Notes from Afar 12: Wellington, New Zealand

 

Going away was in large part about returning. And it has been a strange and uneasy homecoming. Here are some observations. (And I am very aware that Wellington is far from completely representative of NZ.)

Kiwis are a funny looking bunch. Maybe we are an isolated population inbreeding. They tend to be unaccountably down on themselves, and emotionally withdrawn. We give each other so much space it is dysfunctional, and seem to require alcohol to reach a functional level of outgoingness. I shudder to think what our depression rates are, but there are a lot of obviously unhappy people around. (This is all in implicit contrast to other countries which have a much stronger sense of community and engagement and life lived on the street, particularly Morocco and Peru. Big cities in the West, well, no one shows any humanity, at all, on the street.)

New Zealand is a Pacific island, very far from the rest of the world. And almost devoid of people, at least in terms of global population density.ย  It runs at a totally different pace of life to anywhere else. The isolation lends an unreality to the rest of the world, and also a hyper-reality – so much of our media and news is all about this faraway world which we inevitably fetishise.

Kiwis seem politically apathetic and naive, and tolerate a truly pathetic and ineffective media. Brutal to be welcomed back by a farcical election – the lowest voter turnout in a 100 years – returning an embarrassing right wing government bent on environmental degradation for profit, led by a blatant slimy fuckwit millionaire merchant banker. With a majority of one vote, they will continue an adherence to failed economic ideology and gut the country and its resources to service the already wealthy. We have an unusual political history, one of the few existing countries that has not changed government by violence in the past hundred years. I suspect this lack of having to fight for anything at any point adds to our laxness. We have not fought for our identity, or what we have, and so do not resist it being taken away.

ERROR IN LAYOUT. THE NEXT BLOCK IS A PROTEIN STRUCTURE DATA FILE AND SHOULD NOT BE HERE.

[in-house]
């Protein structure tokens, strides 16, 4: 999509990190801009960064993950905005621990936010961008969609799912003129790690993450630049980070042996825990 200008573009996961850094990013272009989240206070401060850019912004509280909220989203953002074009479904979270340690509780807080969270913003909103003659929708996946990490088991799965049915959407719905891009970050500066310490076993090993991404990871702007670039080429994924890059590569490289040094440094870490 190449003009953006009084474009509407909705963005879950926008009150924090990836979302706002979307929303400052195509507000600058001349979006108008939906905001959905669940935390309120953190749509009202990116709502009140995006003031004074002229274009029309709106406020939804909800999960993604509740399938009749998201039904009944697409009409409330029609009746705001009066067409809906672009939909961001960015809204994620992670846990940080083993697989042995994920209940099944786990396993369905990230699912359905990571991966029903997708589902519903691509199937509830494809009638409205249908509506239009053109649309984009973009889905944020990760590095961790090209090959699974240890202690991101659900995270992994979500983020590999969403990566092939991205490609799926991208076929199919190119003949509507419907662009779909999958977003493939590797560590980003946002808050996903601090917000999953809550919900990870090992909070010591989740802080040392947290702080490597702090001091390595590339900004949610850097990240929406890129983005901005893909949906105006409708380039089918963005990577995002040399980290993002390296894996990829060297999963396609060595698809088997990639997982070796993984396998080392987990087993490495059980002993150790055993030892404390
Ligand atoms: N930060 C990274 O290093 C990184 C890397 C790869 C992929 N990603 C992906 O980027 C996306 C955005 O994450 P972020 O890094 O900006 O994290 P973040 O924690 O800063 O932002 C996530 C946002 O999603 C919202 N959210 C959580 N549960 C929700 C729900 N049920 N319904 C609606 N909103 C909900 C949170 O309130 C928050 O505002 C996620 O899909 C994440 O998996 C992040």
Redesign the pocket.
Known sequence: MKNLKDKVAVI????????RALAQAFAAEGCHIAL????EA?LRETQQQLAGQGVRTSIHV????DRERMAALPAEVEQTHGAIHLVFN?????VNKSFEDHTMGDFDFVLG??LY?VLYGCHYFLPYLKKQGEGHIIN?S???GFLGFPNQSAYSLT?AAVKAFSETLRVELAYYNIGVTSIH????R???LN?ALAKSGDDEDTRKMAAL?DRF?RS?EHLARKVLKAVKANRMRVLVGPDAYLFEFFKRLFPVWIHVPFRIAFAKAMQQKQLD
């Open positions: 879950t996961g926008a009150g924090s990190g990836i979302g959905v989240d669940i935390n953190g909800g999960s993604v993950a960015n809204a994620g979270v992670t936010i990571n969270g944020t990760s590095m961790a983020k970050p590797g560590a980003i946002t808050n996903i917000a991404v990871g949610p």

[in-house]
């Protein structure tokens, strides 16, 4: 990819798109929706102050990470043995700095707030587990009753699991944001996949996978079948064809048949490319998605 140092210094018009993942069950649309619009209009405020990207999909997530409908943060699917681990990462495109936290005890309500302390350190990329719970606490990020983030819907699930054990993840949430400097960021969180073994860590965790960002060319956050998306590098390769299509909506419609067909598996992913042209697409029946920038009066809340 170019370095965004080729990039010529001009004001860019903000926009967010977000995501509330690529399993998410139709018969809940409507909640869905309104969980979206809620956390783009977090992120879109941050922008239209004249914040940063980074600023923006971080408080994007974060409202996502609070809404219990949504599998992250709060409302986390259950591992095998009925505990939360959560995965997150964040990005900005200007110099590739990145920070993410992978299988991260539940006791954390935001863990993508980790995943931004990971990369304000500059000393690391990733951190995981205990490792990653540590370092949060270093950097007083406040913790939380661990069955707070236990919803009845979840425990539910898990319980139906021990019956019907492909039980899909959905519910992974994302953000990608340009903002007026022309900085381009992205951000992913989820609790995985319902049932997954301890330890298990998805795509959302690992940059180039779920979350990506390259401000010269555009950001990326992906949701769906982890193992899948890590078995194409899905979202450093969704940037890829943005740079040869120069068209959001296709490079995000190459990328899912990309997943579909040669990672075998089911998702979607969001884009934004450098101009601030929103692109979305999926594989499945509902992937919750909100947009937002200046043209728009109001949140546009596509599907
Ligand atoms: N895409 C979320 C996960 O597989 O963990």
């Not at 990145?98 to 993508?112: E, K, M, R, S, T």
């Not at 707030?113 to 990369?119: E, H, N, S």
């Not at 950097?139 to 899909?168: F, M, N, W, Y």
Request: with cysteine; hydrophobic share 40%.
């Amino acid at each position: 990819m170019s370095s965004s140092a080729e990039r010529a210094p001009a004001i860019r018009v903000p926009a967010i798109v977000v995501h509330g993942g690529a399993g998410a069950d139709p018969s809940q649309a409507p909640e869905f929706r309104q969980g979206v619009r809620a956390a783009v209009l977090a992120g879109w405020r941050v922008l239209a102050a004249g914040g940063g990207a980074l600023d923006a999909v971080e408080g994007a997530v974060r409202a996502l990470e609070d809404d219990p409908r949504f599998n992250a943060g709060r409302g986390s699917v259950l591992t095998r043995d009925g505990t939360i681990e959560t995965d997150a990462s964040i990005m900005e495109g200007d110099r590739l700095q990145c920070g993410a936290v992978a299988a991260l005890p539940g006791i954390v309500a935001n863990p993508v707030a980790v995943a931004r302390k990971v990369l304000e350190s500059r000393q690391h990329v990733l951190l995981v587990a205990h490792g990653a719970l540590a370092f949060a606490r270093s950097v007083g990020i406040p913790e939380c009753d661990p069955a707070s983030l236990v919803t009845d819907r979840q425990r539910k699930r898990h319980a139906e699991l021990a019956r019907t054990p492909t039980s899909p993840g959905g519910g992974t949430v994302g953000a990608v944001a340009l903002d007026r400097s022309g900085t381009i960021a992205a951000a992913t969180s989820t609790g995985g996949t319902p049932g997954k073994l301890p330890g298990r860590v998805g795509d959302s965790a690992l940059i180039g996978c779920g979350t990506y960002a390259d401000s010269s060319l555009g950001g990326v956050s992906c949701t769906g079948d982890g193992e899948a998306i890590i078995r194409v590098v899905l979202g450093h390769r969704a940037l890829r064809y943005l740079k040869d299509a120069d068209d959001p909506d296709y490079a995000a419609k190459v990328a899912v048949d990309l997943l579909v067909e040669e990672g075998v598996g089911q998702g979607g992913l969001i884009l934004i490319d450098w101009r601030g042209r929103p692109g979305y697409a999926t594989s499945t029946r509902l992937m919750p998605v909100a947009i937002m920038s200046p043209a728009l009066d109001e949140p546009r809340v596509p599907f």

We are half-assed to the point of incompetence, and no one seems to mind. Life here is easy enough to allow that. The absence of population makes for an absence of competition. This is nice, in that it makes things chilled out, but lame, in that there is little to drive excellence.

The country itself is a little ludicrous in how effortlessly pretty it is compared to basically everywhere else on the planet. There are lots of pretty parts of the rest of the world. But here just does it, all the time, everywhere. I had missed our beautiful native birds, too. So many! And such song! New Zealand is green, green, everywhere. Nature swarming, but not seething, like the jungle. And the light is stunning. An absence of pollution, and ozone layer, both.

And yeah, we are chilled out and friendly compared to most places, and have a naive honesty, in that so much of the negative behaviours I encountered in the rest of the world would never occur to people in New Zealand – you just don’t treat people like that. Though also, because the population is small, if you are an asshole, it gets around swiftly, so there is pressure not to be a lying cheating sonofabitch.

While our race relations lack the obvious tension of overseas, perhaps it is just that we have the space to ignore each other, and no one is going to bother anyone else, because that would be effort, anyway.

More positively, Kiwis are also a pack of mad bastards. (Somewhere in the travels I observed that I felt a higher proportion of kiwis suited the description “dangerous lunatics” than any other culture I have encountered, with the possible exception of Americans.) The thing is, we have access to all the intellectual and technological fruits of the pinnacle of world culture, but are basically left floating alone in an isolated cultural void, free to concoct demented alchemical experiments in our sheds. We just get on and do stuff, with a “its rough and ready and mostly works and who gives a fuck anyway” attitude. Alchemical here meaning any flavour of weirdness that an individual has glommed onto, and decided to combine with whatever other obsessions, and sheds meaning the infinite space we have here, or your closet, or a shed. One of the truly great things here is you can do your own thing and no one will bother you if you aren’t bothering them.